(Masterpieces of American Literature)

The Barracks Thief begins with a short prologue introducing the character who will narrate much of the tale. Philip Bishop, the elder son of a marriage that has ended badly, impulsively enlists in the Army, leaving behind his worried mother and vulnerable younger brother. At this point, the story shifts into the first person to recount Philip’s military experiences. Philip meets Hubbard and Lewis when he arrives at Fort Bragg. Ignored by the rest of the company, the three newcomers reluctantly become companions and form a bond when they are assigned to guard an ammunition dump together. They each reveal something about their prior lives at home. Hubbard focuses on his two closest buddies and their shared love of cars. He confesses that he could never kill anyone and worries about being sent to Vietnam. In contrast, Lewis presents himself as a tough guy and experienced womanizer. He makes light of an incident where he hesitated to rappel down a cliff during training exercises. Lewis was particularly offended when the sergeant on duty called him “Tinkerbell.” Their conversation is interrupted by the appearance of a car bearing two local policemen. Warned that a forest fire might ignite the dump, the soldiers rudely turn away the men, and recklessly decide to stand by their post, developing an illusory sense of power and bravery.

Soon after, some men in the company are dispatched to Oakland to await assignments overseas. One day they are assigned crowd-control duty during...

(The entire section is 612 words.)


(Masterpieces of American Fiction)

Tobias Wolff’s novella-length The Barracks Thief reads more like a long short story than a novel. Consisting of seven brief chapters, it seems at first to be a simple and unassuming story with little or no thematic significance; however, as is often the case with novellas, the more one thinks about the work, the more psychologically and morally complex becomes this exploration of the motivations of three inarticulate young men caught up in the demands of masculinity.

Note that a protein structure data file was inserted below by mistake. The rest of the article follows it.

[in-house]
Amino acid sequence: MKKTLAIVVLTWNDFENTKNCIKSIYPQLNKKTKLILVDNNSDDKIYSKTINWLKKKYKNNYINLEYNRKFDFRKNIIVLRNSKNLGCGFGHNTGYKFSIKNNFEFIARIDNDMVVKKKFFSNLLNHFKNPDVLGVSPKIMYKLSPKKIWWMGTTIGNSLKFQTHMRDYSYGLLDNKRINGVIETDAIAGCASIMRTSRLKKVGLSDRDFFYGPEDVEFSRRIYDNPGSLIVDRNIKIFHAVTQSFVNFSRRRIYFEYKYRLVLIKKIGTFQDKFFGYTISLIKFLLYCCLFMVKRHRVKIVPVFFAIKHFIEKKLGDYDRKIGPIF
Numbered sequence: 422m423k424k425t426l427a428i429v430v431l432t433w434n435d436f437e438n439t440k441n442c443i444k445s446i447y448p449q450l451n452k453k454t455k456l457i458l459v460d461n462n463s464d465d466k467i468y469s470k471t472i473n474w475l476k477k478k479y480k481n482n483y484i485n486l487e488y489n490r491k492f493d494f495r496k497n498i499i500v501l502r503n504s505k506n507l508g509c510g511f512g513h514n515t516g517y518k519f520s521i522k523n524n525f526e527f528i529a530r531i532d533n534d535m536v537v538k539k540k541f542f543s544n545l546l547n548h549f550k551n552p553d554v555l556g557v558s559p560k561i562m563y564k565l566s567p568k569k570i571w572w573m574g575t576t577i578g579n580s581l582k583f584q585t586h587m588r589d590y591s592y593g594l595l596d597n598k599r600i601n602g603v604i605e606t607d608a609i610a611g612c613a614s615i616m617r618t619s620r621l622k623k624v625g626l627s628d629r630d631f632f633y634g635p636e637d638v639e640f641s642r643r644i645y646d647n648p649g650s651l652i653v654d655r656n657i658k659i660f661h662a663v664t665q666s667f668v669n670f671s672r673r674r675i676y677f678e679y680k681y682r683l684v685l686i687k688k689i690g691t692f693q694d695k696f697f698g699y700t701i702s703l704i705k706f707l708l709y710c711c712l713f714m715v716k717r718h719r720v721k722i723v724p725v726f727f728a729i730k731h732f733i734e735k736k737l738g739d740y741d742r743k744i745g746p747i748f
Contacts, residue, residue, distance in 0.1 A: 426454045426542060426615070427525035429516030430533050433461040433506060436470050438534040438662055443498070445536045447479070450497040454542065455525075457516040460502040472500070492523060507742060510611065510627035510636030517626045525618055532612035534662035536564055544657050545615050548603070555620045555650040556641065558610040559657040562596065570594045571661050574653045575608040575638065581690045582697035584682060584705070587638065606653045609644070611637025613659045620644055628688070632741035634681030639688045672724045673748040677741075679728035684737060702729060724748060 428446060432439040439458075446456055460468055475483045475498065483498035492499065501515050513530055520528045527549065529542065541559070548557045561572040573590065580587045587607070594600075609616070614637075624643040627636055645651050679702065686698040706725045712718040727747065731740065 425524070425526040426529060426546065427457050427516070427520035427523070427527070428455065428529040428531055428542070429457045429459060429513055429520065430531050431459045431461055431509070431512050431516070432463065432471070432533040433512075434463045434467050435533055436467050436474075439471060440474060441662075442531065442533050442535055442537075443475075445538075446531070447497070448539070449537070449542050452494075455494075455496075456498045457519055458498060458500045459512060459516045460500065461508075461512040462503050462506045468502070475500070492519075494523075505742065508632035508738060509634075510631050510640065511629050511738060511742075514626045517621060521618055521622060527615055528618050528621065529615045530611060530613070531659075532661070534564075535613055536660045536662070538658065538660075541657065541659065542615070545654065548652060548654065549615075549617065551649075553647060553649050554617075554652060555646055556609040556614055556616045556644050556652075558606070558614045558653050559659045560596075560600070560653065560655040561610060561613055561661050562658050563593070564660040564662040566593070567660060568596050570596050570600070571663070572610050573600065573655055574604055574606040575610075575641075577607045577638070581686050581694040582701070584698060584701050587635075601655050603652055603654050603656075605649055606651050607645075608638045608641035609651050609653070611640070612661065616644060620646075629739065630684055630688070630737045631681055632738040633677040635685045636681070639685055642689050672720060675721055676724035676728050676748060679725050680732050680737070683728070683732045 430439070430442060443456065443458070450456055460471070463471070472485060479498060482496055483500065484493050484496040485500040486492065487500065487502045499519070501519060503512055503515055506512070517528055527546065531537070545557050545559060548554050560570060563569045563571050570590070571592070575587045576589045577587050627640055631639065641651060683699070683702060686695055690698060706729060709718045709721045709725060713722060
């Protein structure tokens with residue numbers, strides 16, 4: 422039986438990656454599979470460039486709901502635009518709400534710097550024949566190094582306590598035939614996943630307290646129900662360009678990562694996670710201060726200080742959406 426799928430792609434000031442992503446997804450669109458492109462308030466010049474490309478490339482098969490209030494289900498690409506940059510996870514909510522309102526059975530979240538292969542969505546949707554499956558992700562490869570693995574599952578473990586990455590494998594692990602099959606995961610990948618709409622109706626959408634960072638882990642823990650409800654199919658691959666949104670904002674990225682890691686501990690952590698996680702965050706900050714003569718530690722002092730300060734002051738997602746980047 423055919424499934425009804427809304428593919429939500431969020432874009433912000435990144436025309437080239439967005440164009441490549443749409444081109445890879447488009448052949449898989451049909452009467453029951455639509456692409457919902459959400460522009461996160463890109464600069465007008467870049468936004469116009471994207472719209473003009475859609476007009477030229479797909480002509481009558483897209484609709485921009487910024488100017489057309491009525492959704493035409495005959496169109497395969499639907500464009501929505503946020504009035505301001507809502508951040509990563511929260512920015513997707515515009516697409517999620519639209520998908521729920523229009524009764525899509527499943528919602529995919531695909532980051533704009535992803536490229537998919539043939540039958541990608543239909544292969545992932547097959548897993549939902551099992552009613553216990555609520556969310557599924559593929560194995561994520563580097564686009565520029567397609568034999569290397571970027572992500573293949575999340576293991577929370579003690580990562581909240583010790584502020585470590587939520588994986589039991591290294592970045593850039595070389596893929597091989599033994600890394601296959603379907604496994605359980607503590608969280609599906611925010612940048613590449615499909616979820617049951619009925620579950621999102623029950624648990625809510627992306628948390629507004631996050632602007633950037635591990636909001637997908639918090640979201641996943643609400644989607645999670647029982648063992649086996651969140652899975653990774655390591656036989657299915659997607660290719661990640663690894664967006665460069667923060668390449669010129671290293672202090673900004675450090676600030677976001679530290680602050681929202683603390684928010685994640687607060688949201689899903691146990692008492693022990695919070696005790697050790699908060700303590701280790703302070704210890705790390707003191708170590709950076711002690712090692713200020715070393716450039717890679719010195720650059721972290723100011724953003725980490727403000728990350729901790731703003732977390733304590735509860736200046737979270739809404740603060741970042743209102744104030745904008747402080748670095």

Although the story begins with the teenage brothers Keith and Philip Bishop’s reactions to their father’s desertion of the family for another woman—Keith runs off to be a hippie, while Philip joins the Army—the central focus is on Philip’s relationship with Lewis and Hubbard, two other young and inexperienced paratroopers who are waiting at Fort Bragg, North Carolina, to be shipped to Vietnam. Because the book is in some ways Lewis’s story as well as Philip’s, Wolff shifts the point of view a number of times. The first chapter describes the father’s desertion, Keith’s running away from home, and Philip’s joining the Army from a third-person-omniscient point of view. In the next three chapters, however, the point of view abruptly shifts to Philip himself, who tells of his initial experiences in the Army.

This second section presents a central episode in the story. Philip, Lewis, and Hubbard—outsiders to the other, older men, most of whom have already served together in Vietnam—are assigned to guard an ammunition dump on the Fourth of July. Lewis plays the stereotyped role of the Kentucky redneck, and he brags about his prowess with women; Hubbard complains about Army life and longs to be back home with his friends; Philip remains, as he does throughout the book, uncommitted and noncommittal. It is a long, boring day until a...

(The entire section is 753 words.)